Prado show lifts the lid on the cases built to protect a French prince's treasures

The Madrid exhibition will feature 101 cases made from materials such as carved wood and velvet

The case for a jasper vase (around 1650-1711) Courtesy of the Museo Nacional del Prado

When Louis the Grand Dauphin of France died in 1711, his magnificent cache of jewel-encrusted chalices, bowls, and centrepieces passed to his son Philip V, the first Bourbon king of Spain. Executed in agate, diamonds,  jade, silver and gold, the treasures of the Dauphin are certainly splendid. But a new exhibition at Madrid’s Prado museum will argue that the vessels’ cases are works of art in their own right. Like their delicate, dazzling contents, the cases were created with great skill, from the finest materials: carved wood, wool, silk, velvet, and Moroccan leather stamped with golden motifs. Despite their grandeur, the cases have spent much of their lives in store. The 101 cases that will go on view have protected their precious cargo for hundreds of years, through conflicts such as the Spanish Civil War, when the museum was bombed. A cornerstone at the Prado since 1839, this collection is one of the most complete of its kind.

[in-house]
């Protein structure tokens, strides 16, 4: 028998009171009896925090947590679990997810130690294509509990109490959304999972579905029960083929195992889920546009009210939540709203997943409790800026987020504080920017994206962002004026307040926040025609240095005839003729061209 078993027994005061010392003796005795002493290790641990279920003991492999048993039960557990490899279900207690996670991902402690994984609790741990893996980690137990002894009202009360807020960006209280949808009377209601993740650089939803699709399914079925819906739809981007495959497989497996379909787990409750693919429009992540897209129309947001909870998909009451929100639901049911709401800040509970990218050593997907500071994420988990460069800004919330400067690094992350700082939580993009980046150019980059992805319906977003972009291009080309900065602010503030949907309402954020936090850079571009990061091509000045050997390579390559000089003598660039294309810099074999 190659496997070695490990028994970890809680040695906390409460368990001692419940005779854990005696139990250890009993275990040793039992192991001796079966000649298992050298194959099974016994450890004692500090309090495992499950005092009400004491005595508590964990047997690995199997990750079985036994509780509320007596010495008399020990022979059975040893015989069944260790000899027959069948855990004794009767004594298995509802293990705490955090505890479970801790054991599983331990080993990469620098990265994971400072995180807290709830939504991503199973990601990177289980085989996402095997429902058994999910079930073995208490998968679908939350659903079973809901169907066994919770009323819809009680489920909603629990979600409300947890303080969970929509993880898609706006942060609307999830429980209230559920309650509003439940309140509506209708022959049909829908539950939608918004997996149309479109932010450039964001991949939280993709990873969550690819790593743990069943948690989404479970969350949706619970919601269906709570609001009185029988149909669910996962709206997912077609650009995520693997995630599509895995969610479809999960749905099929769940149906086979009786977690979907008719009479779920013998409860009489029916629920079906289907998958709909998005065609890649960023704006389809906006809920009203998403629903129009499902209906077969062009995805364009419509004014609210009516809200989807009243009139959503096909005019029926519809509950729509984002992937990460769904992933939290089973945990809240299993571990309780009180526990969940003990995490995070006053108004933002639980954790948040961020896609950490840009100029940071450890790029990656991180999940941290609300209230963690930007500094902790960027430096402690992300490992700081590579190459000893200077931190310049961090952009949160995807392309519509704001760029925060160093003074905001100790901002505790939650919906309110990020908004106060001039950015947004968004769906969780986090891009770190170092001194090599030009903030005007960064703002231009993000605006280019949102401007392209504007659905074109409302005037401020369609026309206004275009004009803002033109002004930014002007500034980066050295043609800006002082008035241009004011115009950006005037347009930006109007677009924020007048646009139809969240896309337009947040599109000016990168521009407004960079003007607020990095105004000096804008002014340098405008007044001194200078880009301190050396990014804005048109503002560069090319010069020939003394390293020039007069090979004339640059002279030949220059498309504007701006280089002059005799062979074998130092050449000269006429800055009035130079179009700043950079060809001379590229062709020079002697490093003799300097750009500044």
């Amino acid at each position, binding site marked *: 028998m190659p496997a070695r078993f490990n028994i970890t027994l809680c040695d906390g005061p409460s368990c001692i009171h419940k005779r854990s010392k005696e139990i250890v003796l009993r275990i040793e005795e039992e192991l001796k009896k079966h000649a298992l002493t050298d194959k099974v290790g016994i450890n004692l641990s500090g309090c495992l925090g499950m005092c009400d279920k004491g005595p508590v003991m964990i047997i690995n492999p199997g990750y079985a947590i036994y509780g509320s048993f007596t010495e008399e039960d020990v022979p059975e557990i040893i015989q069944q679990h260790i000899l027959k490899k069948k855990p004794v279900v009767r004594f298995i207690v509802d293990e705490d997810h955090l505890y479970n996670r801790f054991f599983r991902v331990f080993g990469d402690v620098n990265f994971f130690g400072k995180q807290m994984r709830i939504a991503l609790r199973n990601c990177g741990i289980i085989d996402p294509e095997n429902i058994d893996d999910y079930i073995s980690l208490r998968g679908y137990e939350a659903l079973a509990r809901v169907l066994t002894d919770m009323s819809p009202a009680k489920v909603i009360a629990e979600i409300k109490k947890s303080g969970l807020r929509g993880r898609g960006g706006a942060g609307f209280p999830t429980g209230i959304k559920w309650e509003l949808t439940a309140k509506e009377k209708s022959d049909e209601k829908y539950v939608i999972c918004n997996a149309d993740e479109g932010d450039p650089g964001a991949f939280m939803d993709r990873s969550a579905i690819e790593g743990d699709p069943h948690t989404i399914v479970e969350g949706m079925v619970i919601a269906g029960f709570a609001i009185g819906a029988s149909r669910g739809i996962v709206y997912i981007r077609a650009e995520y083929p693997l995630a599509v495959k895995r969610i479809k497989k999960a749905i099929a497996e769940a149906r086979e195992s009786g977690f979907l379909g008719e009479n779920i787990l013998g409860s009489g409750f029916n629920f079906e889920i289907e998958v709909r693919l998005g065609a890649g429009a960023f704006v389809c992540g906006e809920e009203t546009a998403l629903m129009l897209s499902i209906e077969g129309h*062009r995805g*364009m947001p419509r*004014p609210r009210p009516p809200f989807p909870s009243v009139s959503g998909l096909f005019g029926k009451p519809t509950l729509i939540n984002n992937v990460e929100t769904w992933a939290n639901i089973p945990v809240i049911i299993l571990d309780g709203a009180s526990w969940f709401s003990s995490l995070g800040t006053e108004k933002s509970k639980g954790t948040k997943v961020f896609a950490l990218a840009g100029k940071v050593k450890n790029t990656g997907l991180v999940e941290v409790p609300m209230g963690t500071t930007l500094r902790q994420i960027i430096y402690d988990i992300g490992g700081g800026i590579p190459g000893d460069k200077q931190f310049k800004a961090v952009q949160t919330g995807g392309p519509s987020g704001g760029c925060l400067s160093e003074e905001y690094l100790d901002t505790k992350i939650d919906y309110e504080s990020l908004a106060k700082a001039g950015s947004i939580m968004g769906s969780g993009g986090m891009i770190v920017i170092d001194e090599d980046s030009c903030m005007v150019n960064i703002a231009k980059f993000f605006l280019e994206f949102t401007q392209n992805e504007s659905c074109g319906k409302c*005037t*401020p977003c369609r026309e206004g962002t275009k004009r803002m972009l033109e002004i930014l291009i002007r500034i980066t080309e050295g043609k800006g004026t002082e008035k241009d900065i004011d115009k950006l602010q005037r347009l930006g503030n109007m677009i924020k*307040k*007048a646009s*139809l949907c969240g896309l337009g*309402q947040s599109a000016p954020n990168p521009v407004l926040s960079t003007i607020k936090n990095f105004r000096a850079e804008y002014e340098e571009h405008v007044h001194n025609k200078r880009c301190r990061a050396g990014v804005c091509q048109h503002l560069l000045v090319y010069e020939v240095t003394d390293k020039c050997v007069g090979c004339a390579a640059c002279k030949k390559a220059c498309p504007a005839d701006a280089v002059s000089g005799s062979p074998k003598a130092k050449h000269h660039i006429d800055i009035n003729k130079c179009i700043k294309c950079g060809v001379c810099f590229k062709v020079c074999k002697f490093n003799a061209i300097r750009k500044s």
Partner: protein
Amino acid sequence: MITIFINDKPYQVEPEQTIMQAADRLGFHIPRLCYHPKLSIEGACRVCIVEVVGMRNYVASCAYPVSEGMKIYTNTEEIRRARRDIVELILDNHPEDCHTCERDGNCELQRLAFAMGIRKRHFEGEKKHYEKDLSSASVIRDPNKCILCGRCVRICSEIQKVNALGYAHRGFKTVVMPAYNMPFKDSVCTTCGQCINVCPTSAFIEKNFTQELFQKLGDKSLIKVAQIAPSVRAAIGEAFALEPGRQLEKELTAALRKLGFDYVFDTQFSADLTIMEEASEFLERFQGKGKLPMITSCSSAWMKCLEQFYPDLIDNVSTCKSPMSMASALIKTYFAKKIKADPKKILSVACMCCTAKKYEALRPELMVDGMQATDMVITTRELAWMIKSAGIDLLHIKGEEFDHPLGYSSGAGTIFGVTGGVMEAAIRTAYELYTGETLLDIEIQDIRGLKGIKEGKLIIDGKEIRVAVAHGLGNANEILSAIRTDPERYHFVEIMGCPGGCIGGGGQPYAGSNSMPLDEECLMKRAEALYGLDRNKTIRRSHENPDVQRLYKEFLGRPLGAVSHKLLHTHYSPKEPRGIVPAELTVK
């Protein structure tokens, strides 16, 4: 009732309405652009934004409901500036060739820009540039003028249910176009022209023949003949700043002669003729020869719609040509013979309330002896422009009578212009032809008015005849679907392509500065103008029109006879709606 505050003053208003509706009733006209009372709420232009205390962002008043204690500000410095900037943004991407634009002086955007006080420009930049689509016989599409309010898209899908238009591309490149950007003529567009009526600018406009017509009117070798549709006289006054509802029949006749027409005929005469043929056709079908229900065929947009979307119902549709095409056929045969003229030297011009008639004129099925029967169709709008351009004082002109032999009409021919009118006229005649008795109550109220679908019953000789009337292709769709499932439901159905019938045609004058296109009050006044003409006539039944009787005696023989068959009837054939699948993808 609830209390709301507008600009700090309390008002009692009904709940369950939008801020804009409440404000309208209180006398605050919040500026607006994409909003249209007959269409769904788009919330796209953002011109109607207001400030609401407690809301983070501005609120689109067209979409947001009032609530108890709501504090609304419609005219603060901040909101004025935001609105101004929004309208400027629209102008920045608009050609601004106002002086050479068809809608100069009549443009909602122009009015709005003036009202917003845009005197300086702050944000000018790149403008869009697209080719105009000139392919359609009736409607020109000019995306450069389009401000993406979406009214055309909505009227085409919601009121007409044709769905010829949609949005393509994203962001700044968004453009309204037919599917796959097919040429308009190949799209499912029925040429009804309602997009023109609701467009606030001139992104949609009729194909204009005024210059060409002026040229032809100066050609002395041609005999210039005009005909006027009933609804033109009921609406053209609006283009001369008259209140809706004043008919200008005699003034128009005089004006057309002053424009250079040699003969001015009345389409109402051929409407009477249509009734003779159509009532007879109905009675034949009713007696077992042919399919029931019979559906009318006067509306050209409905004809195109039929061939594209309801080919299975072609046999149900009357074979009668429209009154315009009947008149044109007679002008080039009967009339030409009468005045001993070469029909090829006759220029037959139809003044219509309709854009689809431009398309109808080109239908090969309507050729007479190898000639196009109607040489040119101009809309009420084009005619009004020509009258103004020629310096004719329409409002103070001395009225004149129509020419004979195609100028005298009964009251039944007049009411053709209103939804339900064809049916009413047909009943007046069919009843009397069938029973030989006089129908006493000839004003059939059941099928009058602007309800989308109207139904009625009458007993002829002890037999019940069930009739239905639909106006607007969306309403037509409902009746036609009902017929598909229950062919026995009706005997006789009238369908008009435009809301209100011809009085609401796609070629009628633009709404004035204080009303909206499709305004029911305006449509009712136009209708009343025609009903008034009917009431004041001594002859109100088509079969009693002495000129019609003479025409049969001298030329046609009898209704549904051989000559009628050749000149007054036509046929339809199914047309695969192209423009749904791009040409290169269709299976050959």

The Other Treasure: the Cases for the Dauphin’s Treasure, Museo Nacional del Prado, Madrid, 9 March-13 September

Appeared in The Art Newspaper, 321 March 2020